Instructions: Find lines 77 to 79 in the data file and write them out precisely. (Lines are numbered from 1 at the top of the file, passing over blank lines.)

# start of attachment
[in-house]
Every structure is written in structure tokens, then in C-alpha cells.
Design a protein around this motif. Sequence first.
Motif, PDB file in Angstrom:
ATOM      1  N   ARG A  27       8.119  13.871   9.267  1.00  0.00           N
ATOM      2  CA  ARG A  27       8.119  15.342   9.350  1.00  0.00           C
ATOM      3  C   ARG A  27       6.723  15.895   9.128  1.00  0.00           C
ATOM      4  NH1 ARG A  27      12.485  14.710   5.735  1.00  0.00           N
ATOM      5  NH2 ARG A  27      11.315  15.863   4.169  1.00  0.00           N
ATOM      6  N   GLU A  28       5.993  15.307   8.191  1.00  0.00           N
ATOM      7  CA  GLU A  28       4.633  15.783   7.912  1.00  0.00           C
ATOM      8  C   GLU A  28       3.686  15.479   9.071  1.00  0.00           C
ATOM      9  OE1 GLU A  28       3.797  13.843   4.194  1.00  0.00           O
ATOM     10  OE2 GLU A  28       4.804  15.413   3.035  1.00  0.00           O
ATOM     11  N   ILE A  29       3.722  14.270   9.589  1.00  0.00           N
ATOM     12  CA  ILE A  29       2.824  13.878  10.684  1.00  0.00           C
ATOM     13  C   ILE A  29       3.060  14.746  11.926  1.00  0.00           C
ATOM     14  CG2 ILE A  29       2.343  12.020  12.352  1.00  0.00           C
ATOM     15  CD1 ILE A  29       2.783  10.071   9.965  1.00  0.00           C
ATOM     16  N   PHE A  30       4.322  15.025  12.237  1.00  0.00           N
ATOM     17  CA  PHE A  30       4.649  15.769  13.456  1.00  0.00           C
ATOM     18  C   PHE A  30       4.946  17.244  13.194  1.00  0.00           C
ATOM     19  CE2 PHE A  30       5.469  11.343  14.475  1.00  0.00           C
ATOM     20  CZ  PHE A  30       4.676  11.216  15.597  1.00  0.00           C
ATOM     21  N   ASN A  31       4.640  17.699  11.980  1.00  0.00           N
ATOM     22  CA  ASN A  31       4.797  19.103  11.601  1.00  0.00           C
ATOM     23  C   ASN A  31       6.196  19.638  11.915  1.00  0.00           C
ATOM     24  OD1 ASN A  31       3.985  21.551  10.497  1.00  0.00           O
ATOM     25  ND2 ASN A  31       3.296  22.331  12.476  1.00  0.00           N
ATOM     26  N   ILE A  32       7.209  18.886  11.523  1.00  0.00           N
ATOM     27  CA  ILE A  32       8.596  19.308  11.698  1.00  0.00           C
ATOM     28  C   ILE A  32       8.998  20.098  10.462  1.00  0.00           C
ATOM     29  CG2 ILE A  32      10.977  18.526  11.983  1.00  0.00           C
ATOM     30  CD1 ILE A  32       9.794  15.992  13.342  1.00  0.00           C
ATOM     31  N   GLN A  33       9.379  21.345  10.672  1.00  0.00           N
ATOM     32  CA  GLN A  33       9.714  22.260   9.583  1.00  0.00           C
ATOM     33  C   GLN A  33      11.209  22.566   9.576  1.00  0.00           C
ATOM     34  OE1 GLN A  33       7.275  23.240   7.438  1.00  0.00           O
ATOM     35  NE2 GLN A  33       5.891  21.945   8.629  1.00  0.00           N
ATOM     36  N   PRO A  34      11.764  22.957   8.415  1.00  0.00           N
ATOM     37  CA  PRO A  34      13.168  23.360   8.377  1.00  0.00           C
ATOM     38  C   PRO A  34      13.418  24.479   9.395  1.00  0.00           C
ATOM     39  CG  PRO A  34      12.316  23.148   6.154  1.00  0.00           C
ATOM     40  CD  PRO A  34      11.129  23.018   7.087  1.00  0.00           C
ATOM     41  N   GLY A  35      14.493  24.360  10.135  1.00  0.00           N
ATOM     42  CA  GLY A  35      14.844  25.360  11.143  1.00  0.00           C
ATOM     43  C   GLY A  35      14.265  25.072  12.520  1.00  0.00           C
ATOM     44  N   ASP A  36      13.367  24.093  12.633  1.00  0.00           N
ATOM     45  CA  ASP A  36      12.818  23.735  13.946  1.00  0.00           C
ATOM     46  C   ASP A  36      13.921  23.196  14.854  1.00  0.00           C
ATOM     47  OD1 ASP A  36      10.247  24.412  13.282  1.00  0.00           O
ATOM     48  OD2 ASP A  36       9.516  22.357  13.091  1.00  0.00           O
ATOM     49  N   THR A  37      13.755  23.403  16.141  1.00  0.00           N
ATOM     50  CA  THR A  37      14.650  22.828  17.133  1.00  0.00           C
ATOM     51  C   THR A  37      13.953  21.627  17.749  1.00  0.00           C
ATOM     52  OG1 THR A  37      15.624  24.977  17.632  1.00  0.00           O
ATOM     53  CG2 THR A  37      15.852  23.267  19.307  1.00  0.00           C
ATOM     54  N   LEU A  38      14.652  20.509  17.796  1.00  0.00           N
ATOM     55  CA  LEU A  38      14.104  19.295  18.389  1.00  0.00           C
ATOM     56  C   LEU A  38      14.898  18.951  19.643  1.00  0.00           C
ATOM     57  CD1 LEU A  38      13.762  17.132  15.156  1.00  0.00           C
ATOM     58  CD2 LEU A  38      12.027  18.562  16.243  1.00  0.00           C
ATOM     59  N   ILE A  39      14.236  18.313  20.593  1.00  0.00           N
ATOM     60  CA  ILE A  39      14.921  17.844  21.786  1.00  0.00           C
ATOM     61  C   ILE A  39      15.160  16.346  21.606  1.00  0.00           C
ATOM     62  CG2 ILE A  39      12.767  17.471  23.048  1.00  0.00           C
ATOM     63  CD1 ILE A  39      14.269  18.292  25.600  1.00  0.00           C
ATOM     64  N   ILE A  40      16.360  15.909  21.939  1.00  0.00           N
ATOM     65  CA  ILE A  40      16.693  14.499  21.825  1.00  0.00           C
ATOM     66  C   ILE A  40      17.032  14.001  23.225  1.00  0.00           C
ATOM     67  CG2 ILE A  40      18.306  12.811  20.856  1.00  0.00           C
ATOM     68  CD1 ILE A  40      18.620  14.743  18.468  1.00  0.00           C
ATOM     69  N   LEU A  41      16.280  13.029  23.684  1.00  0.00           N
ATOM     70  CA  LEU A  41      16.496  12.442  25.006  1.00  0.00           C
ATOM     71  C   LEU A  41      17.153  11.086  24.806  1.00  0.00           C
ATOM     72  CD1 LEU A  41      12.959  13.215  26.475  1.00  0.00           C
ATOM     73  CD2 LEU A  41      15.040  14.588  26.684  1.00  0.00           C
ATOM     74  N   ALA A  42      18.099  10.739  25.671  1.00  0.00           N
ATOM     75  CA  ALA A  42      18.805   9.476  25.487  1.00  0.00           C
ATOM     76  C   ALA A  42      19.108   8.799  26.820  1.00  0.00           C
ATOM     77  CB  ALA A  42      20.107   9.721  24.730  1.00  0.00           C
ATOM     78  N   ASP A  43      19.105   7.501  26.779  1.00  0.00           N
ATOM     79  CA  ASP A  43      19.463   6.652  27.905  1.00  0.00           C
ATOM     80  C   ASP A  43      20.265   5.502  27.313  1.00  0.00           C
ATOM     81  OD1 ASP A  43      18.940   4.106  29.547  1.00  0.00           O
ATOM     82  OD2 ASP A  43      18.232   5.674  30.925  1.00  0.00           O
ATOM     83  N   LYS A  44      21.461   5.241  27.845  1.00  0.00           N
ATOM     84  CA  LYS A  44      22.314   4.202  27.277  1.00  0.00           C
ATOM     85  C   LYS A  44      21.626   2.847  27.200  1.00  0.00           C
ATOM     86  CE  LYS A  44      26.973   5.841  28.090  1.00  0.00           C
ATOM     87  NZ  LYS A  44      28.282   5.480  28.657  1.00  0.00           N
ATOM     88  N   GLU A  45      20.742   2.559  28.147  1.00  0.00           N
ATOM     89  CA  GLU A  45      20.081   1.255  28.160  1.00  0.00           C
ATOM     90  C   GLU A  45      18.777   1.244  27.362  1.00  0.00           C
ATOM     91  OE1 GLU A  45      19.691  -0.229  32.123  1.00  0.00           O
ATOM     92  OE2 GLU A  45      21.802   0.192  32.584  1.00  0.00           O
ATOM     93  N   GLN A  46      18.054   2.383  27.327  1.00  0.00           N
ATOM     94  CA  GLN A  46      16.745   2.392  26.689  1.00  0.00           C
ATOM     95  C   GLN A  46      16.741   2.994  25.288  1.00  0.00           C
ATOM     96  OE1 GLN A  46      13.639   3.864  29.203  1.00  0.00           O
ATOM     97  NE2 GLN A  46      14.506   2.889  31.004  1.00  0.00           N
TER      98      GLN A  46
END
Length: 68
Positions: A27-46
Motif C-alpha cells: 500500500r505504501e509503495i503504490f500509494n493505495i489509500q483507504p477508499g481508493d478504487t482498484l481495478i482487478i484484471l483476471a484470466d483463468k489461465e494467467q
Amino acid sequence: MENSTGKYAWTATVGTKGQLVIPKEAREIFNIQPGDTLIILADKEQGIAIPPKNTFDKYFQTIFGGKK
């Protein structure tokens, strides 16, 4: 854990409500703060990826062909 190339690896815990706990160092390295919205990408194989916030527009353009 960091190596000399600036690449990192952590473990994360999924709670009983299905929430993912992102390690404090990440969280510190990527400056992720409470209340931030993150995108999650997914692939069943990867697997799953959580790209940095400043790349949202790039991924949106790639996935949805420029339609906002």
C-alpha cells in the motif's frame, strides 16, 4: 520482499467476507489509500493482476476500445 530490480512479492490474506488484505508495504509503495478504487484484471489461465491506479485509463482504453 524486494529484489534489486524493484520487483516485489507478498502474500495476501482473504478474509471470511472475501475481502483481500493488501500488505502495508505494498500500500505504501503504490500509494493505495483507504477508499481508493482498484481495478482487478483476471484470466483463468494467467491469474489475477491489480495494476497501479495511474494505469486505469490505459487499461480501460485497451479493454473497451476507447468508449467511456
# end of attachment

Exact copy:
ATOM     73  CD2 LEU A  41      15.040  14.588  26.684  1.00  0.00           C
ATOM     74  N   ALA A  42      18.099  10.739  25.671  1.00  0.00           N
ATOM     75  CA  ALA A  42      18.805   9.476  25.487  1.00  0.00           C